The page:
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Listening tsar proves a star

THE words "exceptional", "brilliant" and "amazing" pepper the air as Tim Brighouse moves through the south London primary school.

Just seconds after his arrival at South Rise, Greenwich, he is deep in conversation with a teacher. London's "schools tsar" did not need an introduction. He spots Hazel Brown working on a lap-top as soon as he enters the staffroom and strides over for a chat.

Professor Brighouse smiles, nods and makes the occasional suggestion, listening intently with his hand pressed to his forehead. This is a typical Brighouse scene and it goes down well with his interlocutor.

"He came across as very open, amiable and non-judgmental," said Ms Brown, an advanced skills teacher. "He made it very easy for you to talk to him."

He makes a similar impression as he tours the school, charming pupils and teachers alike with his relentlessly positive approach.

It is one of more than 60 London schools which Professor Brighouse has visited since starting work as the capital's schools' commissioner in January. And with its buzzing atmosphere, collegiate leadership and membership of a local mini-education action zone, South Rise is a perfect example of the collaboration he hopes can be achieved through the London Challenge schools strategy.

He leaves with a scrap of paper scrawled with the names of several teachers he met. In the next few days each of them will receive a personal letter from him relating to their discussion.

"If you notice things and then follow them up you create a creative energy," he says. "It doesn't matter how much you systemise it - education is terribly personal. It is to do with elusive and very important human qualities."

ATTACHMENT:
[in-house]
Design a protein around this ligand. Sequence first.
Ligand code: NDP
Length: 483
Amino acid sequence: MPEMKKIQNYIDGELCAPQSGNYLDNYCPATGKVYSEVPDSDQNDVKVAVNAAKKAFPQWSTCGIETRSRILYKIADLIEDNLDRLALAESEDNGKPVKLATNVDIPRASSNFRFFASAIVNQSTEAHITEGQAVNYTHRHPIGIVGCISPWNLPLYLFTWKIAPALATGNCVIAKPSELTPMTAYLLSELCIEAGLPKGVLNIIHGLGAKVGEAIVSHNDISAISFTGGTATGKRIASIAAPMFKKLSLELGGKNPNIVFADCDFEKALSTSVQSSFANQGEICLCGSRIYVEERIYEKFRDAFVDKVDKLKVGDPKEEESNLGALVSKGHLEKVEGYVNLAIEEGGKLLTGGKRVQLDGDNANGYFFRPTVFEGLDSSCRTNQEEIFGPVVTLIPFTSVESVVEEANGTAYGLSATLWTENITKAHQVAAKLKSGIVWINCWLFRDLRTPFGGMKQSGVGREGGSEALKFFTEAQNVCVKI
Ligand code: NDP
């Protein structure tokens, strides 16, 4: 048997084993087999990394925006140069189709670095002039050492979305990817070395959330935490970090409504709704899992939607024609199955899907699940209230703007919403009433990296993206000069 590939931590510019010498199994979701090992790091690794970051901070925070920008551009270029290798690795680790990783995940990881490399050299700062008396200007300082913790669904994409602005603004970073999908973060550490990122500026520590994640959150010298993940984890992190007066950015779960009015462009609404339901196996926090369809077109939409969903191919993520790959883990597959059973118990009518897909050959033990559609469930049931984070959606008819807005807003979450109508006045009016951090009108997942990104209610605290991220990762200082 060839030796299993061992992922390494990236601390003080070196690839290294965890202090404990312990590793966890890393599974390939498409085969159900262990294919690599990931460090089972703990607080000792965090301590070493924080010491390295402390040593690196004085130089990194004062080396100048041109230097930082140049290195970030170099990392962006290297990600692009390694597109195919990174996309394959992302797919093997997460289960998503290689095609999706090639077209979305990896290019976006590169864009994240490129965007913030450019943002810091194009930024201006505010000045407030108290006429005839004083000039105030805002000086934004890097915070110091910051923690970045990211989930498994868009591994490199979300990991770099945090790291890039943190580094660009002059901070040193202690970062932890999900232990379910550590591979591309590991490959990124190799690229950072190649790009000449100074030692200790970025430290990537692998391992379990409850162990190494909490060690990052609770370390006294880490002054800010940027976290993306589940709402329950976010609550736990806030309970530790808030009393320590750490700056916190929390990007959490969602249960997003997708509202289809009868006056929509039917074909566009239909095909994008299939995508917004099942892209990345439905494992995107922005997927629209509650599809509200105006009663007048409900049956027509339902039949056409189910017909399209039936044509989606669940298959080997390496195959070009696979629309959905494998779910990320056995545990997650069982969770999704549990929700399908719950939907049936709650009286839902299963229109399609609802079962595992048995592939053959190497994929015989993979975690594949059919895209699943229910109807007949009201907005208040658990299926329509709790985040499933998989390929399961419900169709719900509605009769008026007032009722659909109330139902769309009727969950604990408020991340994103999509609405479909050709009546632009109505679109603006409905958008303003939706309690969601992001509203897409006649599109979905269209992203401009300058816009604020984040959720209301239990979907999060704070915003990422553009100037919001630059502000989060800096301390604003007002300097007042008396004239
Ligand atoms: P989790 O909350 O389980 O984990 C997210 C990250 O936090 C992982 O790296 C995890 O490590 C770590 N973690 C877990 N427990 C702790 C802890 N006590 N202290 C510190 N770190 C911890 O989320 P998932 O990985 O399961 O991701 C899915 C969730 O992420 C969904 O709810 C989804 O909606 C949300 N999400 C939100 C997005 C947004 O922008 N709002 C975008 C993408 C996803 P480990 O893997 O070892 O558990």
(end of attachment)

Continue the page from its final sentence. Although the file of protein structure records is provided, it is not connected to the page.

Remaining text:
Unfortunately, systems do tend to get in the way. Professor Brighouse is known to be concerned about the impact of the schools funding crisis on London. And what of the city academies that feature so heavily in the London Strategy? Surely Professor Brighouse cannot be backing a policy so firmly rooted in Thatcherite educational thinking?

He says that, providing their admission policies are fair and serve their community, the academies could be "very helpful" in bringing in extra partners and finance.

His reluctance to rock the boat shows a commitment to his new London role that becomes even more apparent as he addresses the Greenwich Teachers'

Research Forum that evening.

He leans forward, excitedly jabs the air and clenches his fists as he tells his audience how they must work together to improve London education, before ending with a classic Brighouse sign-off.

"I must thank you for what you do," he said. "You change kids and you change kids' lives. You are astonishing people."

The feeling was mutual.

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